This house, designed by Base Architects, has a glazed gable set above glass doors and windows. This broad expanse of glazing allows occupants in the seating area to enjoy a seamless connection to the patio and lawn. Photo: Carl Blank

Early planning is especially useful when it comes to designing areas of hard landscaping in your garden and driveway. That way, you can make sure details like manhole positions are fully considered. “At the outset, check the boundary of your property,” says Dave Shell, head of commercial sales and operations at Sureset.

“Record all existing drainage and note new drainage that you wish to have put in place, as the water will need to run to a drainage point.” There’s a variety of material options, including stone pavers, blocks, gravel and resin-bound paving. If you want a seamless look, the right finish can even disguise unsightly details such as drain covers.

Landscaping BEFORE and AFTER

Marshalls provided the cherry porcelain plank paving, Marshalite pitched walling and stoneface drystack cladding for this dramatic terraced setup. The garden was designed by Neil Walker Landscaping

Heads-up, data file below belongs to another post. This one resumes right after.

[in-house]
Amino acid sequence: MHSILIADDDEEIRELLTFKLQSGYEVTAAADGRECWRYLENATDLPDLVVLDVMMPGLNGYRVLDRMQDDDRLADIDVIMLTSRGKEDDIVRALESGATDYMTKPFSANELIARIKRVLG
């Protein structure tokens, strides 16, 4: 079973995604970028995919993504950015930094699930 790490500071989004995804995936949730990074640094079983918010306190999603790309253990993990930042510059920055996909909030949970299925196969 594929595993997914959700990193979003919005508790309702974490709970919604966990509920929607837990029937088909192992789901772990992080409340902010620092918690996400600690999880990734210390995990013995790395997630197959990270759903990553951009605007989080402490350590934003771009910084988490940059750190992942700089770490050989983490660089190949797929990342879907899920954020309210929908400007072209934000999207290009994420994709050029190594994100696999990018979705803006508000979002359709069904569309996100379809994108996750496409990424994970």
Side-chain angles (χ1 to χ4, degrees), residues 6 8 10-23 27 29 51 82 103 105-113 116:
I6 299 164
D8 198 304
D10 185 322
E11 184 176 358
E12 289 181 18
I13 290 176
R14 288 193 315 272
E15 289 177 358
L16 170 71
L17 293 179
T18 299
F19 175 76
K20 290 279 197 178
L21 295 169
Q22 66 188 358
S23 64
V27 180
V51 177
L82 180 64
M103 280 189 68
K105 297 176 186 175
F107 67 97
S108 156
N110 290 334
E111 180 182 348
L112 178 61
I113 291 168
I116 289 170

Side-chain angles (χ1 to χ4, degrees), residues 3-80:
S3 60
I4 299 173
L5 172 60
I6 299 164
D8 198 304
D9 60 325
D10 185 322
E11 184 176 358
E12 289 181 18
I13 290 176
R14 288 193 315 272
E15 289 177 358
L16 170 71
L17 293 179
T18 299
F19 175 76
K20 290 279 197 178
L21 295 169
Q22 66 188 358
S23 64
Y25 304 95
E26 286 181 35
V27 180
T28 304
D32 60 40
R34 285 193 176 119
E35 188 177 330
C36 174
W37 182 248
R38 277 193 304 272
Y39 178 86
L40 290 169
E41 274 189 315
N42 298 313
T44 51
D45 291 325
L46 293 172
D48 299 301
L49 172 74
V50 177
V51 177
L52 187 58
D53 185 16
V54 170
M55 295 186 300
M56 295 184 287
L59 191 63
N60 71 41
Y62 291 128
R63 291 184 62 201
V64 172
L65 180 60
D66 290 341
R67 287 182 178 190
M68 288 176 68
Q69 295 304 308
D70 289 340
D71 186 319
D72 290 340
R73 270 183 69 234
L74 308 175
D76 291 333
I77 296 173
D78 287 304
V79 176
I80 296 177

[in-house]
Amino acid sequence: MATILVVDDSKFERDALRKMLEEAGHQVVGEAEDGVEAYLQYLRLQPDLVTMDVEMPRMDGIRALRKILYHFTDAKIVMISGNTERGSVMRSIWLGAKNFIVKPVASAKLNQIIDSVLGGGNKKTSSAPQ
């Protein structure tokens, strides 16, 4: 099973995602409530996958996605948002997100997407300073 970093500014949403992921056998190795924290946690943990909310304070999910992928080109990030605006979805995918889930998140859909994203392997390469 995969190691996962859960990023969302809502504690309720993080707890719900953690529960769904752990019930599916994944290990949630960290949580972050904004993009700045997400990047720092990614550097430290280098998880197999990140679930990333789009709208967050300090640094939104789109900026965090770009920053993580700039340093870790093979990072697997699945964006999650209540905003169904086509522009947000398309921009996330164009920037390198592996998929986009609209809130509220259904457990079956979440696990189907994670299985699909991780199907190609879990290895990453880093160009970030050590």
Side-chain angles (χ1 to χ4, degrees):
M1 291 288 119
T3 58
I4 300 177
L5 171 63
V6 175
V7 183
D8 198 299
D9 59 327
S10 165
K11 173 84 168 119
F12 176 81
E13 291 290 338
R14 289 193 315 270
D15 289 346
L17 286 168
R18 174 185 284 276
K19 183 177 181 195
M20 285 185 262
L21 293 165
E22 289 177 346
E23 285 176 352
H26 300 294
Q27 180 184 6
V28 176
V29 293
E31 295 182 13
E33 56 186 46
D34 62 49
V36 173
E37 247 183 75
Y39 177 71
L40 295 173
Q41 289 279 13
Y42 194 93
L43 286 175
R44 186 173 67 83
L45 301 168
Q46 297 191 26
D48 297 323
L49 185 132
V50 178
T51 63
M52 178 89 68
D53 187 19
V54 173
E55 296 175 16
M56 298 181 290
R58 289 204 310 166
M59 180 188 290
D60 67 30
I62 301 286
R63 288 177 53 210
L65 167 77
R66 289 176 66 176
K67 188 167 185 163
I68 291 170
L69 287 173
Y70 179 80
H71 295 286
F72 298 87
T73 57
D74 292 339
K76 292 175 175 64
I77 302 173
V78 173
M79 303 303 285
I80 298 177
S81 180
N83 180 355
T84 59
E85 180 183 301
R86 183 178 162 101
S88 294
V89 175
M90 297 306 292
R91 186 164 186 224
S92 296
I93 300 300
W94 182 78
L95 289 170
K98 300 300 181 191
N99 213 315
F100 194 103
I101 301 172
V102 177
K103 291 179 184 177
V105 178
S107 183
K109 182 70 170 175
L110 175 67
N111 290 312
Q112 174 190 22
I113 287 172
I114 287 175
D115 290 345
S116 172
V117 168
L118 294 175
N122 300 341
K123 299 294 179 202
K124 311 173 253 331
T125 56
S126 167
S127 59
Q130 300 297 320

When Should I Begin the Landscaping Works?

There are numerous advantages to getting a head start on landscaping while house construction continues. The most obvious one is you won’t spend the next year gazing out onto a boggy eyesore. “Dig out and prep the area before your project starts so you have a hard base that won’t become a muddy pit and can be left until paving goes on,” says Tom from Westminster Stone. Doing the main earth moving works before your build could also help you save money on plant hire towards the end of the project.

Factoring the landscaping into the overall scheme means you might be able to start planting before your build reaches completion. Trees and hedging plants can both go in early, providing there are protection measures in place during the build that will allow them to thrive.